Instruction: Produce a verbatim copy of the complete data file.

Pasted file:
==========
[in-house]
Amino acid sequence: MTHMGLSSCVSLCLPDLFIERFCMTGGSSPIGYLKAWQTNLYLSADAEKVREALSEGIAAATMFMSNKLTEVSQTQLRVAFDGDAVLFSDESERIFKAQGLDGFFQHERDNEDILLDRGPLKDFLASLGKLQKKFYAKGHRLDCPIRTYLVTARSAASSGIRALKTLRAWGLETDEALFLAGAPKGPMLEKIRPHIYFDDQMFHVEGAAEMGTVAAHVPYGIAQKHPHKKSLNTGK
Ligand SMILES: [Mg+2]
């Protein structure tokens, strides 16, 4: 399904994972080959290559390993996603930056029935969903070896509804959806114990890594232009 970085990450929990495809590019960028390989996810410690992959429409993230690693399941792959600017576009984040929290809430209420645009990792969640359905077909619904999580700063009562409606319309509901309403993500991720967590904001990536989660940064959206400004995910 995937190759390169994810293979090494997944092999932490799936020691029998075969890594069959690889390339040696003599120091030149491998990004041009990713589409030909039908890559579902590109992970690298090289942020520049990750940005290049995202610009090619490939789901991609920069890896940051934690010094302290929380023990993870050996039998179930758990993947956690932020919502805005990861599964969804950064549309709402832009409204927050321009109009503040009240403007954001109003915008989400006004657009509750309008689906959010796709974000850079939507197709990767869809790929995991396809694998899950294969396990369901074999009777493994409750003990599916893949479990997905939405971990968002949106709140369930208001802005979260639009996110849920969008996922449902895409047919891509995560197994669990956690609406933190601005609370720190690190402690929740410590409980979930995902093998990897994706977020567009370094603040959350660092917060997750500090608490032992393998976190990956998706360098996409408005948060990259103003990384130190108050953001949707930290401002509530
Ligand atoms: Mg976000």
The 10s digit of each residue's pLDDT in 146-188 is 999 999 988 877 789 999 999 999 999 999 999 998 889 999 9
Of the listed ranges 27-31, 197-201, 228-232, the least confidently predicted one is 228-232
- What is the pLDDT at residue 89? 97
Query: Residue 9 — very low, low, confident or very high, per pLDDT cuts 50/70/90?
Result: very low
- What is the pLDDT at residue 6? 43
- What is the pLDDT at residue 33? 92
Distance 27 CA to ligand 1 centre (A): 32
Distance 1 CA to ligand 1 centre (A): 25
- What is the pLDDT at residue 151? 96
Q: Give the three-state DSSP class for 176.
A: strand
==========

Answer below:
[in-house]
Amino acid sequence: MTHMGLSSCVSLCLPDLFIERFCMTGGSSPIGYLKAWQTNLYLSADAEKVREALSEGIAAATMFMSNKLTEVSQTQLRVAFDGDAVLFSDESERIFKAQGLDGFFQHERDNEDILLDRGPLKDFLASLGKLQKKFYAKGHRLDCPIRTYLVTARSAASSGIRALKTLRAWGLETDEALFLAGAPKGPMLEKIRPHIYFDDQMFHVEGAAEMGTVAAHVPYGIAQKHPHKKSLNTGK
Ligand SMILES: [Mg+2]
């Protein structure tokens, strides 16, 4: 399904994972080959290559390993996603930056029935969903070896509804959806114990890594232009 970085990450929990495809590019960028390989996810410690992959429409993230690693399941792959600017576009984040929290809430209420645009990792969640359905077909619904999580700063009562409606319309509901309403993500991720967590904001990536989660940064959206400004995910 995937190759390169994810293979090494997944092999932490799936020691029998075969890594069959690889390339040696003599120091030149491998990004041009990713589409030909039908890559579902590109992970690298090289942020520049990750940005290049995202610009090619490939789901991609920069890896940051934690010094302290929380023990993870050996039998179930758990993947956690932020919502805005990861599964969804950064549309709402832009409204927050321009109009503040009240403007954001109003915008989400006004657009509750309008689906959010796709974000850079939507197709990767869809790929995991396809694998899950294969396990369901074999009777493994409750003990599916893949479990997905939405971990968002949106709140369930208001802005979260639009996110849920969008996922449902895409047919891509995560197994669990956690609406933190601005609370720190690190402690929740410590409980979930995902093998990897994706977020567009370094603040959350660092917060997750500090608490032992393998976190990956998706360098996409408005948060990259103003990384130190108050953001949707930290401002509530
Ligand atoms: Mg976000």
The 10s digit of each residue's pLDDT in 146-188 is 999 999 988 877 789 999 999 999 999 999 999 998 889 999 9
Of the listed ranges 27-31, 197-201, 228-232, the least confidently predicted one is 228-232
- What is the pLDDT at residue 89? 97
Query: Residue 9 — very low, low, confident or very high, per pLDDT cuts 50/70/90?
Result: very low
- What is the pLDDT at residue 6? 43
- What is the pLDDT at residue 33? 92
Distance 27 CA to ligand 1 centre (A): 32
Distance 1 CA to ligand 1 centre (A): 25
- What is the pLDDT at residue 151? 96
Q: Give the three-state DSSP class for 176.
A: strand